In the book Start. Right Now. by Jeff Zoul, Todd Whitaker and Jimmy Casas they discuss the importance of "Knowing the Way" as a leader and the value of a mission statement to help "Know the Way" for your classroom or school. In discussing mission statements, they quote Stephen Covey, the author of The 7 Habits of Highly Effective People. Covey says, "writing or reviewing a mission statement changes you because it forces you to think through your priorities deeply, carefully and to align your behavior with your beliefs."
As we enter another school year ask yourself these questions:
1) What is your purpose?
2) What is your belief?
3) Why do you get out of bed every morning?
4) What influence do you want to have on others?
5) How can you contribute to the collective "mission" of your school or business?
In a few short days I am going to have students that will enter our building thirsting for Knowledge and wanting to impart theirs....every day. I will have students ready to become part of the Spirit of the school by showing off theirs....every day. I will have students full of Promise ready to shine their light on this world.....every day. I believe it. Time for me to wake up! School is starting! My mission continues. What is yours?
Live out your mission statement. Our students are counting on you! Have a great year!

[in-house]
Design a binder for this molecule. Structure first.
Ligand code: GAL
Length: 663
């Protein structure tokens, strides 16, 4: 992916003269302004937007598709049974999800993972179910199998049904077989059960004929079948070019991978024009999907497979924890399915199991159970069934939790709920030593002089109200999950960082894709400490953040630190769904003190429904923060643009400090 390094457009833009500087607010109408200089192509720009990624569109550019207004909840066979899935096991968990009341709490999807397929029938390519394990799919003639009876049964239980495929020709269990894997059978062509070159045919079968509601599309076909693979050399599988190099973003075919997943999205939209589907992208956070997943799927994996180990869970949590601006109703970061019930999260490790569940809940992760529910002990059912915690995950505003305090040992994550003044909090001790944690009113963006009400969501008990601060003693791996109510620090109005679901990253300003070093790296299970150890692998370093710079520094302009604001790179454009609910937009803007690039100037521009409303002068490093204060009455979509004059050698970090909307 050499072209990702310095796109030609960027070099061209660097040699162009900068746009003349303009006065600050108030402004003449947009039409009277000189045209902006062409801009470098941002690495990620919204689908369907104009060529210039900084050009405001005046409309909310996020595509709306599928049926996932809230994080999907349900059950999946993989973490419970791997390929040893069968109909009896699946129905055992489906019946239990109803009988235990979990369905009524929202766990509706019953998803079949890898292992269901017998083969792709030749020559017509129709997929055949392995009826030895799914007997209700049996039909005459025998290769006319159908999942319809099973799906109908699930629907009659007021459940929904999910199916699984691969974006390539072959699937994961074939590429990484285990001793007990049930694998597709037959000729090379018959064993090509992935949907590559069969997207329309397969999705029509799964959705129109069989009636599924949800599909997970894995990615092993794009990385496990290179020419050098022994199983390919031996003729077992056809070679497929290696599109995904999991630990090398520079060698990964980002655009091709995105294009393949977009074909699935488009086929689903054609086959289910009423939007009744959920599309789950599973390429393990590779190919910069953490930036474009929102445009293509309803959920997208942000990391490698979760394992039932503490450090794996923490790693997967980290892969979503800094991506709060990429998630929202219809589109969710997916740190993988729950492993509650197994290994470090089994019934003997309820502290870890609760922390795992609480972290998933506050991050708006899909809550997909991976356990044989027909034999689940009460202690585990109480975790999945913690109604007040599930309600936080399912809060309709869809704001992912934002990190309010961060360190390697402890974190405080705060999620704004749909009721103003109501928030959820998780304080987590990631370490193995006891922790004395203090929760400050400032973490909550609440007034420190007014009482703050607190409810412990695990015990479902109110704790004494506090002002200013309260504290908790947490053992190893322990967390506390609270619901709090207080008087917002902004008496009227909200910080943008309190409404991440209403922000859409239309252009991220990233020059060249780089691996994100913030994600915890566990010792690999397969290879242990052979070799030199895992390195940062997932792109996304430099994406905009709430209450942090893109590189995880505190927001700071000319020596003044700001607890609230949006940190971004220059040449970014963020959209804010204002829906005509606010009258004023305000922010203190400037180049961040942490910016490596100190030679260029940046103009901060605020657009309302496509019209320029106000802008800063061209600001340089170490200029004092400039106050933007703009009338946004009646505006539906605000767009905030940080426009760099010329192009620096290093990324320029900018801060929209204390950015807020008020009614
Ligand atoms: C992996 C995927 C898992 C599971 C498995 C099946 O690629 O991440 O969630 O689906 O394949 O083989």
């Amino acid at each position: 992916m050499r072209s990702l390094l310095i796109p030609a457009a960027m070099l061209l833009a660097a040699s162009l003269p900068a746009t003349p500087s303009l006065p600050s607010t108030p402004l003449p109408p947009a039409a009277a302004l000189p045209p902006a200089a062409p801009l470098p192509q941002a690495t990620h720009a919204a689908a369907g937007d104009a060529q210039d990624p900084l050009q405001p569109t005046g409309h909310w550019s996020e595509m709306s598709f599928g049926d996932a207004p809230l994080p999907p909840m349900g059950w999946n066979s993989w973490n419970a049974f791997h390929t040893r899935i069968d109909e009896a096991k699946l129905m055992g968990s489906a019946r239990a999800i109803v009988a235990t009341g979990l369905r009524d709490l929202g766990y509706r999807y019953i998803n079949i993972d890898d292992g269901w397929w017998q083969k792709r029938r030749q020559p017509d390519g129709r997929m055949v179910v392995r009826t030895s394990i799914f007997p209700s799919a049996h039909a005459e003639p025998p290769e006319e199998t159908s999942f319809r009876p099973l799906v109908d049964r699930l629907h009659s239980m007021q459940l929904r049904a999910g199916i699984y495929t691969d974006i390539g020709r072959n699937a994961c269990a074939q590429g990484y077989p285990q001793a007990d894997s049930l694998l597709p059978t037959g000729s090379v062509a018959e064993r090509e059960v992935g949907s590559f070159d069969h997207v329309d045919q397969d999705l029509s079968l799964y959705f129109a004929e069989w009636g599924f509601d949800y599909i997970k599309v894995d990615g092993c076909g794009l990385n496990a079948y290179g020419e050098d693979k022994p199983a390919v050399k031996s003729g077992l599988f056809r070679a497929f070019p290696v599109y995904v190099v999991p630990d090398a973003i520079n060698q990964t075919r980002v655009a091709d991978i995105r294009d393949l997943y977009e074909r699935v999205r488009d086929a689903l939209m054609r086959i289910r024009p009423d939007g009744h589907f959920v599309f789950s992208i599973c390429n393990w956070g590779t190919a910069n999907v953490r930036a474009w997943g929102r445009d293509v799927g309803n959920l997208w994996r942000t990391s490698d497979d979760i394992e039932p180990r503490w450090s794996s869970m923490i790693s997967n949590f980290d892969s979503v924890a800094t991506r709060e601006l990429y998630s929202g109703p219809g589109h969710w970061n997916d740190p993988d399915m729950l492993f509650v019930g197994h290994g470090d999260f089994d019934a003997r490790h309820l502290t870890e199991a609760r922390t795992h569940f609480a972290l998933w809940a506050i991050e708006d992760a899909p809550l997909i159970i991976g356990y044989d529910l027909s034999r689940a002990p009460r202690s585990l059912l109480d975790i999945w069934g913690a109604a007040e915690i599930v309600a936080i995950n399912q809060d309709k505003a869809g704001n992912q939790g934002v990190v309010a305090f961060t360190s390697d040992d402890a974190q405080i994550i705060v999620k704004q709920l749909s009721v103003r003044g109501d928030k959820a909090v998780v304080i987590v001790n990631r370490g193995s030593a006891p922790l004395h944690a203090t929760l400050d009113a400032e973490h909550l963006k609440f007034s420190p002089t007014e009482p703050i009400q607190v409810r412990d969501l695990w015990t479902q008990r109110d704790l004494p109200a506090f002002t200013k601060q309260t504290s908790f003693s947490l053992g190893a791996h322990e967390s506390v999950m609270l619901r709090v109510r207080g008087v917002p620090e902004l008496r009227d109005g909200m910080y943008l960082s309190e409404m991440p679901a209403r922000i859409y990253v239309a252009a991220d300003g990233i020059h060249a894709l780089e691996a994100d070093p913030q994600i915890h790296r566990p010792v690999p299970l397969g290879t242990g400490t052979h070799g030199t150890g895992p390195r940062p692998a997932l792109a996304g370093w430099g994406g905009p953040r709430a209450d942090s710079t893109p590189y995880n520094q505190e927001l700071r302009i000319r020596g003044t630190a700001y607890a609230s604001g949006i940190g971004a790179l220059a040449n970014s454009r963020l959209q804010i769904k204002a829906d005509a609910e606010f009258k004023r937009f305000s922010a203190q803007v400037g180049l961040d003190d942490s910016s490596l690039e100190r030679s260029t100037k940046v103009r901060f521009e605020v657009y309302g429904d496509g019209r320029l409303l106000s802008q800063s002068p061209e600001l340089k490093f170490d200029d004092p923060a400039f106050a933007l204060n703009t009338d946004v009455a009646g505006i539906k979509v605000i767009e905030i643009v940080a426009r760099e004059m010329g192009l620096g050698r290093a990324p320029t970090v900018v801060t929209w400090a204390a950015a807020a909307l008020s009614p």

The first week of every August my family and I vacation at the Jersey Shore. It is a wonderful time together relaxing, enjoying the beauty and splendor of the ocean. However, it also signals for me, as a building Principal, what lies ahead in the upcoming weeks. Very shortly the staff and students will be coming back for what will be another exciting year at Pequannock Valley School, filled with endless opportunities for growth and success.
Every morning after I finish my run I take a walk up to the beach and just sit and look out at the ocean. It stretches as far as the eye can see, appearing to meet up with the sky. My curiosity and imagination run wild as I think about what could possibly be out there....beyond the horizon. Of course, my young kids ask me "Dad are there sharks out there?" "Is that where the ocean stops?" "Those ships out there, where are they going?" To them, it simply looks like a line that has formed between the ocean and the sky and like in "The Truman Show" it just ends if you were to get to the end of it.